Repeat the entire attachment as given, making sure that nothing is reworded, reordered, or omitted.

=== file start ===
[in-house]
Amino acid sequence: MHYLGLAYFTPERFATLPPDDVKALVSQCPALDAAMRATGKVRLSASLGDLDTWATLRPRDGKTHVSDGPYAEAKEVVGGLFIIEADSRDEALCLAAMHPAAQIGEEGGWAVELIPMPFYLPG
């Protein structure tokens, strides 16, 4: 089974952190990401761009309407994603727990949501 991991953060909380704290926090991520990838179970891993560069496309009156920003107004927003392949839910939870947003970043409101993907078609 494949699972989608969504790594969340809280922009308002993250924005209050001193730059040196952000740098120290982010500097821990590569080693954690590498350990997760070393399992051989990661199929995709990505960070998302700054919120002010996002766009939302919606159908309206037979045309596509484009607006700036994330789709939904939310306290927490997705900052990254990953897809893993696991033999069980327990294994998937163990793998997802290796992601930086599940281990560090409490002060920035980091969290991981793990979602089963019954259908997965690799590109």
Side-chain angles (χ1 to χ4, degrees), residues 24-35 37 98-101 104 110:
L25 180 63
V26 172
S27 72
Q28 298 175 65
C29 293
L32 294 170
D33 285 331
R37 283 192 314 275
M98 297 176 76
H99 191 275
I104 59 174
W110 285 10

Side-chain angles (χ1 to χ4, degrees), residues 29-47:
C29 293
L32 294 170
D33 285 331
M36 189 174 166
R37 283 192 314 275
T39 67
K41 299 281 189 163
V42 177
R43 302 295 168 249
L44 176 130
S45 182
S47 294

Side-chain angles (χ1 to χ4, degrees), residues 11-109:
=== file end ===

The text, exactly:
[in-house]
Amino acid sequence: MHYLGLAYFTPERFATLPPDDVKALVSQCPALDAAMRATGKVRLSASLGDLDTWATLRPRDGKTHVSDGPYAEAKEVVGGLFIIEADSRDEALCLAAMHPAAQIGEEGGWAVELIPMPFYLPG
């Protein structure tokens, strides 16, 4: 089974952190990401761009309407994603727990949501 991991953060909380704290926090991520990838179970891993560069496309009156920003107004927003392949839910939870947003970043409101993907078609 494949699972989608969504790594969340809280922009308002993250924005209050001193730059040196952000740098120290982010500097821990590569080693954690590498350990997760070393399992051989990661199929995709990505960070998302700054919120002010996002766009939302919606159908309206037979045309596509484009607006700036994330789709939904939310306290927490997705900052990254990953897809893993696991033999069980327990294994998937163990793998997802290796992601930086599940281990560090409490002060920035980091969290991981793990979602089963019954259908997965690799590109």
Side-chain angles (χ1 to χ4, degrees), residues 24-35 37 98-101 104 110:
L25 180 63
V26 172
S27 72
Q28 298 175 65
C29 293
L32 294 170
D33 285 331
R37 283 192 314 275
M98 297 176 76
H99 191 275
I104 59 174
W110 285 10

Side-chain angles (χ1 to χ4, degrees), residues 29-47:
C29 293
L32 294 170
D33 285 331
M36 189 174 166
R37 283 192 314 275
T39 67
K41 299 281 189 163
V42 177
R43 302 295 168 249
L44 176 130
S45 182
S47 294

Side-chain angles (χ1 to χ4, degrees), residues 11-109: